Hopefully, I will be less disturbed by two further music biographies.  “Mariah: The Diva, The Demons” was shown on Channel 5 on their Mariah Carey night before Christmas and promises to be a dramatised bio-pic focusing on 2000-20001 where Mariah bludgeoned her career to bits by performing in the movie “Glitter”, which I’ve seen and don’t think it’s as bad as it was made out to be.  It was gloriously tacky, and I’m hoping that this bio-pic will be too, but it’s also long which has put me off it up until now.

teddyTeddy Pendergrass

 I’ve been reading quite a bit about a documentary which had a limited cinema release a few week back which sounds right up my street, Teddy Pendergrass: If You Don’t Know Me” examines the life of the extraordinary vocalist from Harold Melvin and The Bluenotes and his subsequent solo career dogged by tragedy.  It was shown on Sky Arts last night.  I suspect here too there will be revelations I will find challenging.

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 And once I’ve exhausted the Sky Planner there’s always Netflix , where I am still working my way through “Dynasty” where I’m about to begin Series 2.  This is a show which has got better since my review of the first episodes probably because the character of Fallon Carrington is so sparklingly played by Elizabeth Gillies and has taken a more central role as the series has progressed and “Riverdale” which has lost any sense of fun it had and become increasingly dark, but still watchable.  Also Netflix is adding episodes weekly to the latest series of “Rupaul’s Drag Race”, which hasn’t yet had the magical spark of the last season of “All Stars” and I’m also one episode in to creepy stalker drama “You”, but I suspect here I might not last the distance.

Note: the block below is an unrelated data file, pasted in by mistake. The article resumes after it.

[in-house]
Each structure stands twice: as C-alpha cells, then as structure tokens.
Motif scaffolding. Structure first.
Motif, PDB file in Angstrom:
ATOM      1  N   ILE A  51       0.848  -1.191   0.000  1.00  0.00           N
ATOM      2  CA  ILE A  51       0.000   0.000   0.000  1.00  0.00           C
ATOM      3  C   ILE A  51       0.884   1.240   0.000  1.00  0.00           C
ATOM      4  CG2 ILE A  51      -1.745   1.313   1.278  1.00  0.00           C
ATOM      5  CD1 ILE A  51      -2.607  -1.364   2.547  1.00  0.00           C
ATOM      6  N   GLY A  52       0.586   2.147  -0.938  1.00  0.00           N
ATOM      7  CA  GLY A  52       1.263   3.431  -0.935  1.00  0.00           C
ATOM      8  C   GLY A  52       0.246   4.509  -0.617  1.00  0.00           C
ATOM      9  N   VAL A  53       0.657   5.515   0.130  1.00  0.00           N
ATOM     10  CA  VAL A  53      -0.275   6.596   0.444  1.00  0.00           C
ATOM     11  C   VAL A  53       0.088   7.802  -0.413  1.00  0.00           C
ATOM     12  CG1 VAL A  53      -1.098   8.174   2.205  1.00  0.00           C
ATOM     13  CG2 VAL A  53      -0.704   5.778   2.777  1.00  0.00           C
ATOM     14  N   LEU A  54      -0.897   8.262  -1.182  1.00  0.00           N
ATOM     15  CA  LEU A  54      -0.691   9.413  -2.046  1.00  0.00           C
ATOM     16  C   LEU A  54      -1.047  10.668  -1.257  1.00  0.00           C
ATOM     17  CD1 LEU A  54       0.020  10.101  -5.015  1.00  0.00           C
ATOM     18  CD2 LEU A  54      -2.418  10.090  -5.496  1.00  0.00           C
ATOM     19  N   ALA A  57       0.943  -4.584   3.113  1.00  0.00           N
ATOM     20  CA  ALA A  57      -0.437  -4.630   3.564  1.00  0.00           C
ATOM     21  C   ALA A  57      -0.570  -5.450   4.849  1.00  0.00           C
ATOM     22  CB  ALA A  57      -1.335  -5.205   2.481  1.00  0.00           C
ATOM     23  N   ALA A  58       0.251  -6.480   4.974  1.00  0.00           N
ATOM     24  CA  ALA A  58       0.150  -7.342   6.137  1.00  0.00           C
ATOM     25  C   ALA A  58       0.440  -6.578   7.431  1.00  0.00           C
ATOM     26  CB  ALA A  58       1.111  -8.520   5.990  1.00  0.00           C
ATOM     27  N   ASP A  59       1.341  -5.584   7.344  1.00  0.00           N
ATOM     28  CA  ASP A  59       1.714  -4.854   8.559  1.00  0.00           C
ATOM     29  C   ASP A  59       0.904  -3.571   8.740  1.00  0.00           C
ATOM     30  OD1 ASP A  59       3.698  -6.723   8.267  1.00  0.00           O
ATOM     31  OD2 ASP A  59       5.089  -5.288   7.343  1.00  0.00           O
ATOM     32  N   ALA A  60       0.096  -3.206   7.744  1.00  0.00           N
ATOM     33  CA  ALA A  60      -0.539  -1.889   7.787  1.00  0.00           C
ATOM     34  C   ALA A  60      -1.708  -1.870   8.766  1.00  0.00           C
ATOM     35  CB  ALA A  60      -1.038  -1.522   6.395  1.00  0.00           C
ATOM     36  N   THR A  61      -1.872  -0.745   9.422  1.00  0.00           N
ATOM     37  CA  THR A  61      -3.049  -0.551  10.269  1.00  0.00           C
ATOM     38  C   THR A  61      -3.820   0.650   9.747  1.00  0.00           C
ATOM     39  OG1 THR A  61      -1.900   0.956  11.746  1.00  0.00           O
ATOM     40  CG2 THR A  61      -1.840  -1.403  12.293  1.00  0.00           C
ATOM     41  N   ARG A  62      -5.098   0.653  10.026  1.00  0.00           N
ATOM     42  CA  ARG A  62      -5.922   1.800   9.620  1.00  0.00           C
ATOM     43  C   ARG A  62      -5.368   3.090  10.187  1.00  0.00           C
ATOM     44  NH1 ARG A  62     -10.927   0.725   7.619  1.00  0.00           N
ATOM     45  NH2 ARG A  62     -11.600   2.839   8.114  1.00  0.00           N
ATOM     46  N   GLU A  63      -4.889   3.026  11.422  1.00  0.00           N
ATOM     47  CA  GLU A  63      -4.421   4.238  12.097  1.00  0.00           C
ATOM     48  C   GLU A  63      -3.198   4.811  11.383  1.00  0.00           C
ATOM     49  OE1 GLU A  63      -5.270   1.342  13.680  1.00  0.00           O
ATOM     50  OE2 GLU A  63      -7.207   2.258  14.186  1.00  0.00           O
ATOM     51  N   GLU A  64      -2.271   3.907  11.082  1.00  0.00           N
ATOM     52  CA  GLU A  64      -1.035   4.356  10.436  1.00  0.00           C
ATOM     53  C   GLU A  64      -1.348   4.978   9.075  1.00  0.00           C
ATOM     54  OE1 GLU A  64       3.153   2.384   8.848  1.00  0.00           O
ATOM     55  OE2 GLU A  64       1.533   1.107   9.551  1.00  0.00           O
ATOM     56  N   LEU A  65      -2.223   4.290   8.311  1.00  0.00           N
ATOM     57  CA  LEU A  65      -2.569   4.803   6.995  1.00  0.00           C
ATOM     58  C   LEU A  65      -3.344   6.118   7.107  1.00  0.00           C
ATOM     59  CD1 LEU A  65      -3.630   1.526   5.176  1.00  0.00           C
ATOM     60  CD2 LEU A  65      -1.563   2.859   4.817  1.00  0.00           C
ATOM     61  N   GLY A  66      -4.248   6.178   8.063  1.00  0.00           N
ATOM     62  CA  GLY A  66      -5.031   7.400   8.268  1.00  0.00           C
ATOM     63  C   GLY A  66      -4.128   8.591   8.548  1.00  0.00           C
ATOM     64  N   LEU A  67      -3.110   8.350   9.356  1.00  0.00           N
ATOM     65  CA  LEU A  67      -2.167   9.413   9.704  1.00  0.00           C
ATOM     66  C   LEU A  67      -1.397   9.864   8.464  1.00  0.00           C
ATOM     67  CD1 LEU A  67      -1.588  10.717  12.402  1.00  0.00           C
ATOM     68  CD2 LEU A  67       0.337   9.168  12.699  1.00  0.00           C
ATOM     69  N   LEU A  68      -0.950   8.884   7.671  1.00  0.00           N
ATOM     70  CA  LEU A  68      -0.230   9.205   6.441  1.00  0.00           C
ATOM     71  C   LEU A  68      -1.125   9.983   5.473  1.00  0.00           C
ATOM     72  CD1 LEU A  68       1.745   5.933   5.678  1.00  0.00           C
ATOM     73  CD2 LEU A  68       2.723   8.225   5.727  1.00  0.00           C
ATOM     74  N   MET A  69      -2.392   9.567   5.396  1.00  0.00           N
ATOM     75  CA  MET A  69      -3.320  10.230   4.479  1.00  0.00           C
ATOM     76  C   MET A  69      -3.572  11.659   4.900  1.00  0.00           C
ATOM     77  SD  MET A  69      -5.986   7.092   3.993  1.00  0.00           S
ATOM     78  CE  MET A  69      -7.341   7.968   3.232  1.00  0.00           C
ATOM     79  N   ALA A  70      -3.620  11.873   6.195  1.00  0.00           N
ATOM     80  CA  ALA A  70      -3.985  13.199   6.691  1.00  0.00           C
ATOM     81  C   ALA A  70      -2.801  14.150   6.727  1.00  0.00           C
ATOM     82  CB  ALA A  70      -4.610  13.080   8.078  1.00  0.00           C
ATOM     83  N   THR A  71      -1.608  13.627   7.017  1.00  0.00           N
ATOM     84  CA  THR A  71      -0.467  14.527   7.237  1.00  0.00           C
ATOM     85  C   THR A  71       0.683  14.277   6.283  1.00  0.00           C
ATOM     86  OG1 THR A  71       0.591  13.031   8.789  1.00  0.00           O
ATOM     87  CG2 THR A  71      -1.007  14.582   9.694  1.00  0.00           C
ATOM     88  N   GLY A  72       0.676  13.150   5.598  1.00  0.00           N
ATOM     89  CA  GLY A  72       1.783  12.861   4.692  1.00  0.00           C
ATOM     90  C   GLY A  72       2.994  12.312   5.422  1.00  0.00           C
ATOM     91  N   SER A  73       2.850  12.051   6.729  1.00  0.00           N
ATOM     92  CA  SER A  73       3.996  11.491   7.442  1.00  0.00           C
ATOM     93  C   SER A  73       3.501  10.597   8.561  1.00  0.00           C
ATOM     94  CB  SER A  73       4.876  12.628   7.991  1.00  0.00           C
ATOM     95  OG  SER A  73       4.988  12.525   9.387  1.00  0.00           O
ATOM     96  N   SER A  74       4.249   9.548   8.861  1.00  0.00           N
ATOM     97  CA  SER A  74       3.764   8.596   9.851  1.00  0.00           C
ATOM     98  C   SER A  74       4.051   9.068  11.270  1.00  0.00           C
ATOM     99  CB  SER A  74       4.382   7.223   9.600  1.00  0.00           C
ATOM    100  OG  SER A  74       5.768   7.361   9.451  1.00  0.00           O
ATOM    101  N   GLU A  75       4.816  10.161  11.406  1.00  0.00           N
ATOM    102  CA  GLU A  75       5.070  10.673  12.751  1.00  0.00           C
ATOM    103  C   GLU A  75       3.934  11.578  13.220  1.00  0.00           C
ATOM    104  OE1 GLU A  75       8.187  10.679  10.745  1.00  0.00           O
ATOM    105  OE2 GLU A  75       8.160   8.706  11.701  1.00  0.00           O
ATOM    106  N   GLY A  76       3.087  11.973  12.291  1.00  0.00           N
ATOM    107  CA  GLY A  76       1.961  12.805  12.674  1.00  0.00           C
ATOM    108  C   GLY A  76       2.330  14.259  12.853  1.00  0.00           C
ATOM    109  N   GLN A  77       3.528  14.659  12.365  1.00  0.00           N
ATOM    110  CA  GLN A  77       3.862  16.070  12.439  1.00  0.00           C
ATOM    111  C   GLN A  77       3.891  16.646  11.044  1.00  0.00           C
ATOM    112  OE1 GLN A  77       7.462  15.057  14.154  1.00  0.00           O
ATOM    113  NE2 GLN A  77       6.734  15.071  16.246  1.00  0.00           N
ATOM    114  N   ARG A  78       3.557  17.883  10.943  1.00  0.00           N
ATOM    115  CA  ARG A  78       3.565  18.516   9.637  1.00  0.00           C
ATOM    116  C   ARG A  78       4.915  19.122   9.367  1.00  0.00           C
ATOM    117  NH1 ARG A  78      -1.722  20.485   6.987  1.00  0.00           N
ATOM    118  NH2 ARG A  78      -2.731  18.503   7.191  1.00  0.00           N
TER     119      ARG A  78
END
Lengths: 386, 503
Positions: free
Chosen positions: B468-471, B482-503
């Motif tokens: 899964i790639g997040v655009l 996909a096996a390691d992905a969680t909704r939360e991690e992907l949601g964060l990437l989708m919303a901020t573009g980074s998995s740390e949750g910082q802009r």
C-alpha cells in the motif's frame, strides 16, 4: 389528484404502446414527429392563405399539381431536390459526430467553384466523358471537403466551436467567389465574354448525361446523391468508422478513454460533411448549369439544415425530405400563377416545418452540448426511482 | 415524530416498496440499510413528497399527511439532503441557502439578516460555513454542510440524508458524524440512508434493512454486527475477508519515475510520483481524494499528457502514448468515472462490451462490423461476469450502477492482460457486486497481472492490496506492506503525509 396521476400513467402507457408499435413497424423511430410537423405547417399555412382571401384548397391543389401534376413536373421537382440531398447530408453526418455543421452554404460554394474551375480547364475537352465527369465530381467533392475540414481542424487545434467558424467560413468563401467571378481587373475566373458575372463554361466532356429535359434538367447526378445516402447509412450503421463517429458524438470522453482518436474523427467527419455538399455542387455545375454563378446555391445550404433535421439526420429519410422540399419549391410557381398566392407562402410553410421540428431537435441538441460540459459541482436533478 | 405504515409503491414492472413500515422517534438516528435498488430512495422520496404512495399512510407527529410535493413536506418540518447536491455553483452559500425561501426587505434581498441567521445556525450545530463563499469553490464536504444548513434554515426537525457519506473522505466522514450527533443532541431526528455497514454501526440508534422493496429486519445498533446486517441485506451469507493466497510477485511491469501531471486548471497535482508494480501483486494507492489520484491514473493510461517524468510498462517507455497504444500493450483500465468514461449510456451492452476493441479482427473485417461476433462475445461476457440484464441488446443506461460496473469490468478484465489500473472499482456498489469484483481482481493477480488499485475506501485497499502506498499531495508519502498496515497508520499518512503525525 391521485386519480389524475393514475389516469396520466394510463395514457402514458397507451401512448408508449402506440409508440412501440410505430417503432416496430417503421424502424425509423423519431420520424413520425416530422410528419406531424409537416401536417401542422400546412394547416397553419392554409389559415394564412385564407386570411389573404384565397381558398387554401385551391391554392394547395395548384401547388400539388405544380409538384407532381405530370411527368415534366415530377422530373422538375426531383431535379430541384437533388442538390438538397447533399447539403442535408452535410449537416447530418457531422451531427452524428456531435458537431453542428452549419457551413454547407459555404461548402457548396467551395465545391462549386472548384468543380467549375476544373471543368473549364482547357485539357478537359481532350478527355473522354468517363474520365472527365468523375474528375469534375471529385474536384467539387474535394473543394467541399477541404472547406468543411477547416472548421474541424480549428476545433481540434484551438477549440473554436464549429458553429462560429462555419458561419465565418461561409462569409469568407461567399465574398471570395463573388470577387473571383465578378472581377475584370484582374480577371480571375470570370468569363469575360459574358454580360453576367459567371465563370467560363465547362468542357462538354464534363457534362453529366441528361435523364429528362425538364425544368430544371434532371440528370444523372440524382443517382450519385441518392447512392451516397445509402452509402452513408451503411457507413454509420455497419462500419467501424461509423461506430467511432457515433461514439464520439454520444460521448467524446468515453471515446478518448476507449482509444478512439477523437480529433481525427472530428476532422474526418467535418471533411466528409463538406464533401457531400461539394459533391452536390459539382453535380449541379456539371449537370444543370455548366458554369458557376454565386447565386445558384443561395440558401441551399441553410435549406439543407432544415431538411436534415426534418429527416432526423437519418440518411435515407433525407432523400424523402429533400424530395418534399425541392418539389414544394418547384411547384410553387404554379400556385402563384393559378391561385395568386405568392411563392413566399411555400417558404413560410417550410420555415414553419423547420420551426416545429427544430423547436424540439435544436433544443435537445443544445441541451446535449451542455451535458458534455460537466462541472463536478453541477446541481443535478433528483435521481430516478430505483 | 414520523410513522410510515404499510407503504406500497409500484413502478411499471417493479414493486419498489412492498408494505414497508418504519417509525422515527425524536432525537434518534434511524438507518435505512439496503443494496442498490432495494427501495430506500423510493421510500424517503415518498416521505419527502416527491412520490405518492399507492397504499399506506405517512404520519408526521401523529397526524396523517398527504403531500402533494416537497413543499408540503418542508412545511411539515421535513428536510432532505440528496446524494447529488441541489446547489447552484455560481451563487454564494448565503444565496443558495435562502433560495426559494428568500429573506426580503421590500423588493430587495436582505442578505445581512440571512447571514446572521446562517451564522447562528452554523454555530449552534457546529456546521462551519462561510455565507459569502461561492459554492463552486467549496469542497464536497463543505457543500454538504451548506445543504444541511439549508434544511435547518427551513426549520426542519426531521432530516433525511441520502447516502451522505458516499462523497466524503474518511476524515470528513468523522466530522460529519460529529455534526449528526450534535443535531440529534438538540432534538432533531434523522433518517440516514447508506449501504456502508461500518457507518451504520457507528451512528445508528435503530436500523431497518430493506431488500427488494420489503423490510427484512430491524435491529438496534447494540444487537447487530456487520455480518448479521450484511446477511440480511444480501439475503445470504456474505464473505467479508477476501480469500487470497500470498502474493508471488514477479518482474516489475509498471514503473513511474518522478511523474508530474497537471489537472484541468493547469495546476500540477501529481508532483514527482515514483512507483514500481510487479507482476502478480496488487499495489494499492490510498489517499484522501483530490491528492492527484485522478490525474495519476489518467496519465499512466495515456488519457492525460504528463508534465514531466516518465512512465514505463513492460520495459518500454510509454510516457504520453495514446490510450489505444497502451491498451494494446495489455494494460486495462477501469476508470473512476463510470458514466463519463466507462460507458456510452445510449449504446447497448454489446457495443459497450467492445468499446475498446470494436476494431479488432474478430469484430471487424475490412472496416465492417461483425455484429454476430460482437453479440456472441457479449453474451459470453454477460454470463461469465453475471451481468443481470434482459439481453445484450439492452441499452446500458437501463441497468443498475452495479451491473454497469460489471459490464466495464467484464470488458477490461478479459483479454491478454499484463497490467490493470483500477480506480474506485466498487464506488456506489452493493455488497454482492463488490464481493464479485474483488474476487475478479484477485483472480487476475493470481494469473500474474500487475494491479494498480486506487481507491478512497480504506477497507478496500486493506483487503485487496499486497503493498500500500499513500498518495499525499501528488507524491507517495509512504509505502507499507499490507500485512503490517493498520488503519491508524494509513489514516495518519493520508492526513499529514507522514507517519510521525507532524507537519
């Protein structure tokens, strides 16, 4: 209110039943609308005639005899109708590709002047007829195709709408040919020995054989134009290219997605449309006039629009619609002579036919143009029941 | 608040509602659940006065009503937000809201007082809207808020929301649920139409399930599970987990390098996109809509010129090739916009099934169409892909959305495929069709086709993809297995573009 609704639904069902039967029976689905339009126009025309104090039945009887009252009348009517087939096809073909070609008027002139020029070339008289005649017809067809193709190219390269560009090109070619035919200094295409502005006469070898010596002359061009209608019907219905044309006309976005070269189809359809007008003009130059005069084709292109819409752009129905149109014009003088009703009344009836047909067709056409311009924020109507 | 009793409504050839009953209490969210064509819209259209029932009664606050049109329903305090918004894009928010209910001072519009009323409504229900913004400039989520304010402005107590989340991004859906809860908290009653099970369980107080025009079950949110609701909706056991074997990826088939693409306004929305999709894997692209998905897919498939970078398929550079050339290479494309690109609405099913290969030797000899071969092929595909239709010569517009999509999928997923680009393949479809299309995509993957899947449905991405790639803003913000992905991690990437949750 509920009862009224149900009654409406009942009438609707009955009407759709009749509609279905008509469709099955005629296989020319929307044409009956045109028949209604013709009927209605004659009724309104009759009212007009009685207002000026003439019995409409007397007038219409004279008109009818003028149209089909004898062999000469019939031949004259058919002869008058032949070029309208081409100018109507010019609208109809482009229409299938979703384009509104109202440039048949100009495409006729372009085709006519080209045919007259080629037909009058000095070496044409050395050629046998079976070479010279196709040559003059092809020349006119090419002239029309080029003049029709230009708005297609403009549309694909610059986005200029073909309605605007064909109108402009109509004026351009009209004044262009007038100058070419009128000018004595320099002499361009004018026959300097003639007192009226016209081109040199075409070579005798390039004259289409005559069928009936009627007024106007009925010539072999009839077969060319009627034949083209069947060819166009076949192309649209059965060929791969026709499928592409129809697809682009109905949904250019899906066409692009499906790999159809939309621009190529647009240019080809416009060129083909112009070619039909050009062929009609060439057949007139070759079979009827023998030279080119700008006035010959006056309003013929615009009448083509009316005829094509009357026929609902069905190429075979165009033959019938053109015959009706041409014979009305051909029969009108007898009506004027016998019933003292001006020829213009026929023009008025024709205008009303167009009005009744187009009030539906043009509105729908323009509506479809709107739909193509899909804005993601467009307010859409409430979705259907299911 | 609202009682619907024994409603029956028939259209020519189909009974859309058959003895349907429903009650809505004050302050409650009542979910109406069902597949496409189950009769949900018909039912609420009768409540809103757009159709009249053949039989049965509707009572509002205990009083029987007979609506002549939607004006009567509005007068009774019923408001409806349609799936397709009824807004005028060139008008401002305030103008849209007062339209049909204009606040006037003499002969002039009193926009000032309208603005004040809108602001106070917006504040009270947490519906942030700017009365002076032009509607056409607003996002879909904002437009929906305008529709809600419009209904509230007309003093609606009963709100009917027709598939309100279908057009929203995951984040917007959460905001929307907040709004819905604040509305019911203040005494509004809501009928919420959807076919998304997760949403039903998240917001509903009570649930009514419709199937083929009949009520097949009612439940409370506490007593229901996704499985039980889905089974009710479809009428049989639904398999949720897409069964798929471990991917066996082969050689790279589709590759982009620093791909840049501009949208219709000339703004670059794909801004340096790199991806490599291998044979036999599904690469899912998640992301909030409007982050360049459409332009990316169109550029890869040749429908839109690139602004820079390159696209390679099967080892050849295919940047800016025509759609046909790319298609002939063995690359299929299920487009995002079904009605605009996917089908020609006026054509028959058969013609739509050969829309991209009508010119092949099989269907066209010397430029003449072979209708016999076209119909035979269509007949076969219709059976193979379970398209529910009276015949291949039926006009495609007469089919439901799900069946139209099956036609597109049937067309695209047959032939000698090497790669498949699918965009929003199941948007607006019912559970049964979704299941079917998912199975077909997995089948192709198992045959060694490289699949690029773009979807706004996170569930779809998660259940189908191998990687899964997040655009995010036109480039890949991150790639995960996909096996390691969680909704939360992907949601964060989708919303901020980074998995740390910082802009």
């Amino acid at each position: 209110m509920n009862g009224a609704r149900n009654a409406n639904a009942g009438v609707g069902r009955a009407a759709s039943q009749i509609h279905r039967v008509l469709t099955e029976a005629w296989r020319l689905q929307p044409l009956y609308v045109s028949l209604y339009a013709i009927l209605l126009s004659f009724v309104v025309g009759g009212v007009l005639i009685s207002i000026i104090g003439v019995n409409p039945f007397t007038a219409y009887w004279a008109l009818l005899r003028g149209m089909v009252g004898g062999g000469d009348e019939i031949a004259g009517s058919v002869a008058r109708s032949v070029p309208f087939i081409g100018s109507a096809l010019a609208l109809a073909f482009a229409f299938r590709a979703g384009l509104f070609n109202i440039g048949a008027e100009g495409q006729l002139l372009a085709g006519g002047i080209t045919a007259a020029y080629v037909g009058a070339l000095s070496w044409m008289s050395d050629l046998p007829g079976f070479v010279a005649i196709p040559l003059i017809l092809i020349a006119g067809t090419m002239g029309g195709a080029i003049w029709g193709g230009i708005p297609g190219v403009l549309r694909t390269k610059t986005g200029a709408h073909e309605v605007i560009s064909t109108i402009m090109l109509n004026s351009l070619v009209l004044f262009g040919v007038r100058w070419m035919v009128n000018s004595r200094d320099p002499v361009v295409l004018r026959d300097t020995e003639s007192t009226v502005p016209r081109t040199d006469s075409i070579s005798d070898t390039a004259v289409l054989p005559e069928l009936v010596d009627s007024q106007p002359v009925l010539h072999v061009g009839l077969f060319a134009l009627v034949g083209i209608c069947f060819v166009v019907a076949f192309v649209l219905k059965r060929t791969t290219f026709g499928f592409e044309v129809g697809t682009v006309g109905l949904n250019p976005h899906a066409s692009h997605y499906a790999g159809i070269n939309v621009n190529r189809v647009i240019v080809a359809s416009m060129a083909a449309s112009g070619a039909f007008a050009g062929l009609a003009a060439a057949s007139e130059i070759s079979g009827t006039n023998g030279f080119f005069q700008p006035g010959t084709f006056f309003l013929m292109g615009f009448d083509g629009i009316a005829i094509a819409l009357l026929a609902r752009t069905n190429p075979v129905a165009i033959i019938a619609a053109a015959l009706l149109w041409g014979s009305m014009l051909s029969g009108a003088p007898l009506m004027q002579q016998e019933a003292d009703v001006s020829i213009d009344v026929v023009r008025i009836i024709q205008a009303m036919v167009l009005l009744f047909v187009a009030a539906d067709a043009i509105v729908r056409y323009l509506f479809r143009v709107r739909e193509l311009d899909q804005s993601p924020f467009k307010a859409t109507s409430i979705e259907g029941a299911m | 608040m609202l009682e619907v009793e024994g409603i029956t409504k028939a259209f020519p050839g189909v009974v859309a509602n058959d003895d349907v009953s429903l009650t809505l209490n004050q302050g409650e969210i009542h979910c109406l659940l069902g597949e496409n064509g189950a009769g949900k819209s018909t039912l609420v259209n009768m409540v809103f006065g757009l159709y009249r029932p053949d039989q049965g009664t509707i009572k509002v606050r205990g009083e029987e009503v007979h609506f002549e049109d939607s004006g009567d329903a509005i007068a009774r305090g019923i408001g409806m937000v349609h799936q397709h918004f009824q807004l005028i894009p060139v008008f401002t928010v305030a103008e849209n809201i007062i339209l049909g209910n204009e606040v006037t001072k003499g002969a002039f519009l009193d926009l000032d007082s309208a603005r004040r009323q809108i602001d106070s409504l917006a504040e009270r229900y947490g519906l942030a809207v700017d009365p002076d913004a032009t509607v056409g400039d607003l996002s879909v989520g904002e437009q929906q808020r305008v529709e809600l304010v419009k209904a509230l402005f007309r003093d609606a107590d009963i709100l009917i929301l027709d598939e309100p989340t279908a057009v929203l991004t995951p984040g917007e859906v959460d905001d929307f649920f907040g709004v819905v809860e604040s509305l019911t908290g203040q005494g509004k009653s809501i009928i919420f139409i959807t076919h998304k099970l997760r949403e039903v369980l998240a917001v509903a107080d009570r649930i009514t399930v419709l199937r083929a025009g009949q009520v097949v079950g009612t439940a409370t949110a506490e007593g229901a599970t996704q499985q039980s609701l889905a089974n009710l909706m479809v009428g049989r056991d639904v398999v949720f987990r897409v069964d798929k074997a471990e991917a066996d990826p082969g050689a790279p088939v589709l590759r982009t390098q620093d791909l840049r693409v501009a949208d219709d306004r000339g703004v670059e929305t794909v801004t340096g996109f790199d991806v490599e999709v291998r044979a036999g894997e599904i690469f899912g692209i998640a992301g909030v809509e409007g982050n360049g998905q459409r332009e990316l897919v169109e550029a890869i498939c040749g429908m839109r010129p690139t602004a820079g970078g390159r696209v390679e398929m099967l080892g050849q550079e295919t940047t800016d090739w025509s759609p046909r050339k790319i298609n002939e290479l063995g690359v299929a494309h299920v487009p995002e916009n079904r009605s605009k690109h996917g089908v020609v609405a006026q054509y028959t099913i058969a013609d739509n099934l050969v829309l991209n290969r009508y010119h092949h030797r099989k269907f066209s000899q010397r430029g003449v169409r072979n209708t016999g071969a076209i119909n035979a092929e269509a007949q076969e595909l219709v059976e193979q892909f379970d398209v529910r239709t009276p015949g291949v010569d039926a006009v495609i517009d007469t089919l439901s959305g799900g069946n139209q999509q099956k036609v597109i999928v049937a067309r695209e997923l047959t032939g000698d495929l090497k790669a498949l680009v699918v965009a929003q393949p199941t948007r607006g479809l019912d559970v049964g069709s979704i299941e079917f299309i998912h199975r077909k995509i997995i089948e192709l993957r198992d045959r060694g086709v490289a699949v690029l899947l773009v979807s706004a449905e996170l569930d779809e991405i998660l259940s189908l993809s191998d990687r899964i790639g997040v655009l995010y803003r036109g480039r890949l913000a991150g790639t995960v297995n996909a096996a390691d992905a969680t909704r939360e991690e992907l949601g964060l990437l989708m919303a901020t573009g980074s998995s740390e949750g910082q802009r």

Who says there’s nothing on television nowadays?

 

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The To Be Watched List – A What I Will Be Watching Review

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This week I was geared up to review the opening episode of Series 7 of “Game Of Thrones” which exploded onto Sky Atlantic.  It’s been plugged for what feels like months on Sky and was such a big event that even people who have never watched Sky must have been aware of its return.  I have watched every episode, but saw the review writing as a challenge as there’s so many plot-lines and characters that I take (most) of it in while I’m watching but tend to forget quite a lot soon afterwards.  Visually, it’s stunning and like no other television series ever made and I do always enjoy it, but I’m not a super-fan who knows every little detail and my review could end up just upsetting the super-fans if I get things wrong.